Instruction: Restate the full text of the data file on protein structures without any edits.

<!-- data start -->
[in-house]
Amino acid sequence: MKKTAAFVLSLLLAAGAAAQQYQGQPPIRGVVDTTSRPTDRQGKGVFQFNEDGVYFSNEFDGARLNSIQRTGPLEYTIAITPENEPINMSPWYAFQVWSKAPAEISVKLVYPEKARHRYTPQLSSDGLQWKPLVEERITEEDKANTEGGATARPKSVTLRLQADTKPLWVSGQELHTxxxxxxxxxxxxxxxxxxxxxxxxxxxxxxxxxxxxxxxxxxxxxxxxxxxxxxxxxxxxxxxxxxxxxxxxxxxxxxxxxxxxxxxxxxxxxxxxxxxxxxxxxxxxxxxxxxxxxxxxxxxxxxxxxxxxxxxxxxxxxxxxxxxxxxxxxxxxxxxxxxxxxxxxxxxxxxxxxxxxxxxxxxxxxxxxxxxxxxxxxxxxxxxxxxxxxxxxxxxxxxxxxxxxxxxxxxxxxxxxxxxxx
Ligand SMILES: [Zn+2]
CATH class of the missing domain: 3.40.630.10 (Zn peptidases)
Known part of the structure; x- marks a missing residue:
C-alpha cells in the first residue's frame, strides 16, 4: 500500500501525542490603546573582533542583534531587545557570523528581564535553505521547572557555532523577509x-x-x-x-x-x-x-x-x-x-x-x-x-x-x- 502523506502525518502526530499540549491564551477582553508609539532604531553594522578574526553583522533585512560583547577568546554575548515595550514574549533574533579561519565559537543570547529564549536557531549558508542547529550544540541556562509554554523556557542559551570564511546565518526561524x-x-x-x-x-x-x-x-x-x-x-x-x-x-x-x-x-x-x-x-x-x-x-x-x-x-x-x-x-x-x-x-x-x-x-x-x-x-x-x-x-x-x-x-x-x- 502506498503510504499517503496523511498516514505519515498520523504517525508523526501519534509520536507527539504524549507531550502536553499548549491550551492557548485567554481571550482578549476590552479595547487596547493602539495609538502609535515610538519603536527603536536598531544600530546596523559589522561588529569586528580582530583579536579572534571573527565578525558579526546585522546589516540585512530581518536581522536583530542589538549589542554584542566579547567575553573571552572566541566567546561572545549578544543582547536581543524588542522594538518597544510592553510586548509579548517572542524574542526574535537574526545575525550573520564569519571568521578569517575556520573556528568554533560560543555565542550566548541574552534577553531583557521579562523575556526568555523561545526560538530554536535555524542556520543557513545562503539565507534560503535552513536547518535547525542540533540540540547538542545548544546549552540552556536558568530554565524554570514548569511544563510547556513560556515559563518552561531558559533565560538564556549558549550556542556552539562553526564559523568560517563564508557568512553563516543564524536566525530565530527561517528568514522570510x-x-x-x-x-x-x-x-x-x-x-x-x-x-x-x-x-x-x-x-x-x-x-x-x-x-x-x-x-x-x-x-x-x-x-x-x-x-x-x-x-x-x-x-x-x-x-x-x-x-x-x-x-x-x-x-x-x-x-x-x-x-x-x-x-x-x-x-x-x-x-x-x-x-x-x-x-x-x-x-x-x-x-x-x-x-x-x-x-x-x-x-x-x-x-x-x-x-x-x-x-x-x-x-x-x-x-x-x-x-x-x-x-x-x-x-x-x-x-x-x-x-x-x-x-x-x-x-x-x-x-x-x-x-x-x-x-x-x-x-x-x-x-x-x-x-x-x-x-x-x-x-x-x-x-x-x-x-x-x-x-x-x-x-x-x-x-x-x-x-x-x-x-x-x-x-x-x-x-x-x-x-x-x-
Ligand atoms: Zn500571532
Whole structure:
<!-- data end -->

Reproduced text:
[in-house]
Amino acid sequence: MKKTAAFVLSLLLAAGAAAQQYQGQPPIRGVVDTTSRPTDRQGKGVFQFNEDGVYFSNEFDGARLNSIQRTGPLEYTIAITPENEPINMSPWYAFQVWSKAPAEISVKLVYPEKARHRYTPQLSSDGLQWKPLVEERITEEDKANTEGGATARPKSVTLRLQADTKPLWVSGQELHTxxxxxxxxxxxxxxxxxxxxxxxxxxxxxxxxxxxxxxxxxxxxxxxxxxxxxxxxxxxxxxxxxxxxxxxxxxxxxxxxxxxxxxxxxxxxxxxxxxxxxxxxxxxxxxxxxxxxxxxxxxxxxxxxxxxxxxxxxxxxxxxxxxxxxxxxxxxxxxxxxxxxxxxxxxxxxxxxxxxxxxxxxxxxxxxxxxxxxxxxxxxxxxxxxxxxxxxxxxxxxxxxxxxxxxxxxxxxxxxxxxxxx
Ligand SMILES: [Zn+2]
CATH class of the missing domain: 3.40.630.10 (Zn peptidases)
Known part of the structure; x- marks a missing residue:
C-alpha cells in the first residue's frame, strides 16, 4: 500500500501525542490603546573582533542583534531587545557570523528581564535553505521547572557555532523577509x-x-x-x-x-x-x-x-x-x-x-x-x-x-x- 502523506502525518502526530499540549491564551477582553508609539532604531553594522578574526553583522533585512560583547577568546554575548515595550514574549533574533579561519565559537543570547529564549536557531549558508542547529550544540541556562509554554523556557542559551570564511546565518526561524x-x-x-x-x-x-x-x-x-x-x-x-x-x-x-x-x-x-x-x-x-x-x-x-x-x-x-x-x-x-x-x-x-x-x-x-x-x-x-x-x-x-x-x-x-x- 502506498503510504499517503496523511498516514505519515498520523504517525508523526501519534509520536507527539504524549507531550502536553499548549491550551492557548485567554481571550482578549476590552479595547487596547493602539495609538502609535515610538519603536527603536536598531544600530546596523559589522561588529569586528580582530583579536579572534571573527565578525558579526546585522546589516540585512530581518536581522536583530542589538549589542554584542566579547567575553573571552572566541566567546561572545549578544543582547536581543524588542522594538518597544510592553510586548509579548517572542524574542526574535537574526545575525550573520564569519571568521578569517575556520573556528568554533560560543555565542550566548541574552534577553531583557521579562523575556526568555523561545526560538530554536535555524542556520543557513545562503539565507534560503535552513536547518535547525542540533540540540547538542545548544546549552540552556536558568530554565524554570514548569511544563510547556513560556515559563518552561531558559533565560538564556549558549550556542556552539562553526564559523568560517563564508557568512553563516543564524536566525530565530527561517528568514522570510x-x-x-x-x-x-x-x-x-x-x-x-x-x-x-x-x-x-x-x-x-x-x-x-x-x-x-x-x-x-x-x-x-x-x-x-x-x-x-x-x-x-x-x-x-x-x-x-x-x-x-x-x-x-x-x-x-x-x-x-x-x-x-x-x-x-x-x-x-x-x-x-x-x-x-x-x-x-x-x-x-x-x-x-x-x-x-x-x-x-x-x-x-x-x-x-x-x-x-x-x-x-x-x-x-x-x-x-x-x-x-x-x-x-x-x-x-x-x-x-x-x-x-x-x-x-x-x-x-x-x-x-x-x-x-x-x-x-x-x-x-x-x-x-x-x-x-x-x-x-x-x-x-x-x-x-x-x-x-x-x-x-x-x-x-x-x-x-x-x-x-x-x-x-x-x-x-x-x-x-x-x-x-x-
Ligand atoms: Zn500571532
Whole structure: